1. Over the last three years, we have taken unprecedented steps to combat the effects of the world-wide financial crisis, both in the European Union as such and within the euro area. The strategy we have put into place encompasses determined efforts to ensure fiscal consolidation, support to countries in difficulty, and a strengthening of euro area governance leading to deeper economic integration among us and an ambitious agenda for growth. At our 21 July meeting we took a set of major decisions. The ratification by all 17 Member States of the euro area of the measures related to the EFSF significantly strengthens our capacity to react to the crisis. Agreement by all three institutions on a strong legislative package within the EU structures on better economic governance represents another major achievement. The introduction of the European Semester has fundamentally changed the way our fiscal and economic policies are co-ordinated at European level, with co- ordination at EU level now taking place before national decisions are taken. The euro continues to rest on solid fundamentals.
2. Further action is needed to restore confidence. That is why today we agree on a comprehensive set of additional measures reflecting our strong determination to do whatever is required to overcome the present difficulties and take the necessary steps for the completion of our economic and monetary union. We fully support the ECB in its action to maintain price stability in the euro area. Sustainable public finances and structural reforms for growth
3. The European Union must improve its growth and employment outlook, as outlined in the growth agenda agreed by the European Council on 23 October 2011. We reiterate our full commitment to implement the country specific recommendations made under the first European Semester and on focusing public spending on growth areas.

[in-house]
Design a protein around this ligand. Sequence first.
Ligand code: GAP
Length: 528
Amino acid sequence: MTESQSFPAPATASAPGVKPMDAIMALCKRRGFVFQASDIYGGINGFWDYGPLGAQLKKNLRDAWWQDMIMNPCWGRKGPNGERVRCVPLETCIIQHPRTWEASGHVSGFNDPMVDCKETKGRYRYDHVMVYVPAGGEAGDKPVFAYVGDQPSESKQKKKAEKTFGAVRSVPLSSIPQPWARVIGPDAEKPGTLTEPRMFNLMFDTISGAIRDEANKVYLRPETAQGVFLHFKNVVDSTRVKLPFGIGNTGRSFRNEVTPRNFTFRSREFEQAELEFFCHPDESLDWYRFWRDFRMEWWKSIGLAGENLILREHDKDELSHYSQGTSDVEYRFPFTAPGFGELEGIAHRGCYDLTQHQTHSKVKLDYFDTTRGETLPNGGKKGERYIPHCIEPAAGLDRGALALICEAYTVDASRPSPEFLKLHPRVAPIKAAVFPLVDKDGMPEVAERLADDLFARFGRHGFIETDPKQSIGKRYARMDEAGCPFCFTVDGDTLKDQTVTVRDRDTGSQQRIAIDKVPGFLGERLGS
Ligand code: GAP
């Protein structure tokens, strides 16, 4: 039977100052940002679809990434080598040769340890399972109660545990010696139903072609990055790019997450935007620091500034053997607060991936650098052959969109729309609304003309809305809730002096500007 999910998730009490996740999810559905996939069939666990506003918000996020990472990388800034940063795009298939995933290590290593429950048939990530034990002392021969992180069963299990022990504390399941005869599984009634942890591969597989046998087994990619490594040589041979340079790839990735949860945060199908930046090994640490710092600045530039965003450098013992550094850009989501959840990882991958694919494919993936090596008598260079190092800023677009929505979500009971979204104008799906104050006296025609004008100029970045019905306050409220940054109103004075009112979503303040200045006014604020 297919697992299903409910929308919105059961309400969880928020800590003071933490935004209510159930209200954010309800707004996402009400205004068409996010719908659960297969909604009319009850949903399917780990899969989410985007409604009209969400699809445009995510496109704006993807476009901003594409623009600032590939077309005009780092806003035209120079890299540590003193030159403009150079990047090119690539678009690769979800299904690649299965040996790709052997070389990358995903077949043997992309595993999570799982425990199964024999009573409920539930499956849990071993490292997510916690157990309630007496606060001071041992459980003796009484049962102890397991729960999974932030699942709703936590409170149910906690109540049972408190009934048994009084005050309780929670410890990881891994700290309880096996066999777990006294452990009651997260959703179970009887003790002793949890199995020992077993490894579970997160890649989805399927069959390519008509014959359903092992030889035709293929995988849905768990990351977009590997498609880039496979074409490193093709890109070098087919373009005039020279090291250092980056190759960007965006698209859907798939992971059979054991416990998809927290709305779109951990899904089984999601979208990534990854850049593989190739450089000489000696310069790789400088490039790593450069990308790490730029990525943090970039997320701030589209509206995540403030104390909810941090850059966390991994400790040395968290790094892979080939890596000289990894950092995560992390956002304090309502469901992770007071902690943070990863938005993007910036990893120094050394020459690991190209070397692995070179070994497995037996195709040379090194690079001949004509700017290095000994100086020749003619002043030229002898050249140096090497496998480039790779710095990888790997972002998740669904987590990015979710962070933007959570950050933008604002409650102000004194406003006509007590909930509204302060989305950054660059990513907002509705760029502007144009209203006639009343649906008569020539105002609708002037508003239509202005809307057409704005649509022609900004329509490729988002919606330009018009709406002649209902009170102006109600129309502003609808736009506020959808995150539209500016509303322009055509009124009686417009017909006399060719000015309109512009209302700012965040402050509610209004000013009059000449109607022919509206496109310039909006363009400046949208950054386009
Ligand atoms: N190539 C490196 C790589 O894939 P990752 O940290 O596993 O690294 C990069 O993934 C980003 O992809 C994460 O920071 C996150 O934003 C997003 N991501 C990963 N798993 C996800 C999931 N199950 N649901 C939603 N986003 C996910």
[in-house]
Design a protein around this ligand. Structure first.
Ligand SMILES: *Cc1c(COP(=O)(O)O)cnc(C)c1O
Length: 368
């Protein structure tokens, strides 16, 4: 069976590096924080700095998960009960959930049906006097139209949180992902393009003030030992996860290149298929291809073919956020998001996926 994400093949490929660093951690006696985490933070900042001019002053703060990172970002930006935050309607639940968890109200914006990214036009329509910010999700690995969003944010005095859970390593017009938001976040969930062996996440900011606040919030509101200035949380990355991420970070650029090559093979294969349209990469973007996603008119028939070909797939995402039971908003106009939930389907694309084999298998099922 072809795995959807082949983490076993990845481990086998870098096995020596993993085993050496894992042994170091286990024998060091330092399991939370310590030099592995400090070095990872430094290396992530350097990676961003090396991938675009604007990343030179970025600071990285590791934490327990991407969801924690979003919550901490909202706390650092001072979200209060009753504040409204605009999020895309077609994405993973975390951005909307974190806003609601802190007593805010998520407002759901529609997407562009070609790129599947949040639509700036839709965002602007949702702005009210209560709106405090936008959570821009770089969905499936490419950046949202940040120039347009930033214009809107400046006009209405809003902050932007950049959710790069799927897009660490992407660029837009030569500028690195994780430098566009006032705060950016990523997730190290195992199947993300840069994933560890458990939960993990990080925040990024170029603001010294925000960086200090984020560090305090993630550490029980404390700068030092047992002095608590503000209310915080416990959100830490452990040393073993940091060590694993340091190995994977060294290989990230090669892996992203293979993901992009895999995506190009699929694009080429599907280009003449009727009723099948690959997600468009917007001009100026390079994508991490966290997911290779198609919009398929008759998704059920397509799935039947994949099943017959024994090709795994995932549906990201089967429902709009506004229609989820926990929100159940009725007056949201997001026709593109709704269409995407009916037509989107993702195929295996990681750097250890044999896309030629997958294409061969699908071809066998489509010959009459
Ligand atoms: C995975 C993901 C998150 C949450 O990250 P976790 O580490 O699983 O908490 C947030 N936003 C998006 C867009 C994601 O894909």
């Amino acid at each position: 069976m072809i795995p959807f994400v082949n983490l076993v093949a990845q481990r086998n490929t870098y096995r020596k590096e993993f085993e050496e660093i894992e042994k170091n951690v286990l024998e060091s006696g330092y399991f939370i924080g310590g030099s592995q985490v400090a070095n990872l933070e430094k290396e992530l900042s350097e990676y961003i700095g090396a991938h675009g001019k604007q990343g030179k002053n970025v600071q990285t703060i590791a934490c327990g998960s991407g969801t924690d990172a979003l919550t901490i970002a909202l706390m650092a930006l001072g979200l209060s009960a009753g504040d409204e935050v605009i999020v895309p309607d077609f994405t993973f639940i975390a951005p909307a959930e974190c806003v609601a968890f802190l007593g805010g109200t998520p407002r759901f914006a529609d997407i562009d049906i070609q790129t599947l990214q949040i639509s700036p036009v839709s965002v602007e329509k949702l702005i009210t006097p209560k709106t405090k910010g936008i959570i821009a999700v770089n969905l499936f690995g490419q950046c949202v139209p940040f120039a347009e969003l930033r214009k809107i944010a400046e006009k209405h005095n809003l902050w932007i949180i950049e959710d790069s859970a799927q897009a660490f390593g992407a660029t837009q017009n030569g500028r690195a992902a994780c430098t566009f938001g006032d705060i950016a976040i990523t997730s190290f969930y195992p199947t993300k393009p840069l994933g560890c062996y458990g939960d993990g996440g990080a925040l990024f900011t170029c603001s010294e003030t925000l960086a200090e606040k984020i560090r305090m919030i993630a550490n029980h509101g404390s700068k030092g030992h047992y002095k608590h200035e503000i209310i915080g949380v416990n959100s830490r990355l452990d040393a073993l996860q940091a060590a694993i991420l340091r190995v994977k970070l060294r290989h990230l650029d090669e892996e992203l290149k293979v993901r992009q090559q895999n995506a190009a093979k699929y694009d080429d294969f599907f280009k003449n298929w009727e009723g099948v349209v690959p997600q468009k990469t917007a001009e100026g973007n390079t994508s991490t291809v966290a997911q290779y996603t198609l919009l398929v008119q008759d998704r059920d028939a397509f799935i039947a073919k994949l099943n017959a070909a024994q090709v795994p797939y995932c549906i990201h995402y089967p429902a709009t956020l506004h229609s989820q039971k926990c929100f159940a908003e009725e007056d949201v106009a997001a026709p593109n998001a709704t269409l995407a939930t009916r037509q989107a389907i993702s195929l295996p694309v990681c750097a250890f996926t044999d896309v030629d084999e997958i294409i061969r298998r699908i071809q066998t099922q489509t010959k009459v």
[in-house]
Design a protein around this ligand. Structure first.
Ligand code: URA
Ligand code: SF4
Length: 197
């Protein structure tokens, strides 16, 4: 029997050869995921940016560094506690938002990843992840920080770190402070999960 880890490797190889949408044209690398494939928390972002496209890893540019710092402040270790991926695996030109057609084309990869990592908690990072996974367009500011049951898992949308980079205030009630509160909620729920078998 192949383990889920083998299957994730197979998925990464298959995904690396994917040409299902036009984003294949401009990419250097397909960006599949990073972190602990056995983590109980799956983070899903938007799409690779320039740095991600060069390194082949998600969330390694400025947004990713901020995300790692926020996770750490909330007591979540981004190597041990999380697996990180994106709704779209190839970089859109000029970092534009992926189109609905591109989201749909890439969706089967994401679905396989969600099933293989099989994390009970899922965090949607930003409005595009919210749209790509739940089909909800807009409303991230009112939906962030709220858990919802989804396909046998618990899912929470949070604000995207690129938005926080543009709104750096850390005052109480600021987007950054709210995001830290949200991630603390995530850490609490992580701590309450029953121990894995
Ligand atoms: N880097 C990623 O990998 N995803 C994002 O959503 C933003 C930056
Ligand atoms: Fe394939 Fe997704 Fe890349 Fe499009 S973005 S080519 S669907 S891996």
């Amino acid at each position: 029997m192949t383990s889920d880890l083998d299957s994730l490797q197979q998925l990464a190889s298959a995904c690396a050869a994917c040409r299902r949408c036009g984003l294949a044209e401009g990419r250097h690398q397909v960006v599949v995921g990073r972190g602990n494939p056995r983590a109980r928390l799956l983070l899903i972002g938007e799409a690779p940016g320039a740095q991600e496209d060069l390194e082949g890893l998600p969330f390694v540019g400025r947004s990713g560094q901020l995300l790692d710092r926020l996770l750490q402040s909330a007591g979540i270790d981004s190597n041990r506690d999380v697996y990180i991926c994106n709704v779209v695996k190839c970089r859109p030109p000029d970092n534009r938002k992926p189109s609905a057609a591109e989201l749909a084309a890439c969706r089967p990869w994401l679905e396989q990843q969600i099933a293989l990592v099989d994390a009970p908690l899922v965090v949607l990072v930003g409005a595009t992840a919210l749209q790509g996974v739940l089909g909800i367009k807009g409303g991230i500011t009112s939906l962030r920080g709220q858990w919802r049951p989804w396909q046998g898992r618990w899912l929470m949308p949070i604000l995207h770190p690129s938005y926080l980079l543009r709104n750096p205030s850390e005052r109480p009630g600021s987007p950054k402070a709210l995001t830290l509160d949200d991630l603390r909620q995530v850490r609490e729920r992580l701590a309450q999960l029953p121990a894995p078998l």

4. All Member States of the euro area are fully determined to continue their policy of fiscal consolidation and structural reforms. A particular effort will be required of those Member States who are experiencing tensions in sovereign debt markets.
5. We welcome the important steps taken by Spain to reduce its budget deficit, restructure its banking sector and reform product and labour markets, as well as the adoption of a constitutional balanced budget amendment. Strictly implementing budgetary adjustment as planned is key, including at regional level, to fulfil the commitments of the stability and growth Pact and the strengthening of the fiscal framework by developing lower level legislation to make the constitutional amendment fully operative. Further action is needed to increase growth so as to reduce the unacceptable high level of unemployment. Actions should include enhancing labour market changes to increase flexibility at firm level and employability of the labour force and other reforms to improve competitiveness, specially extending the reforms in the service sector.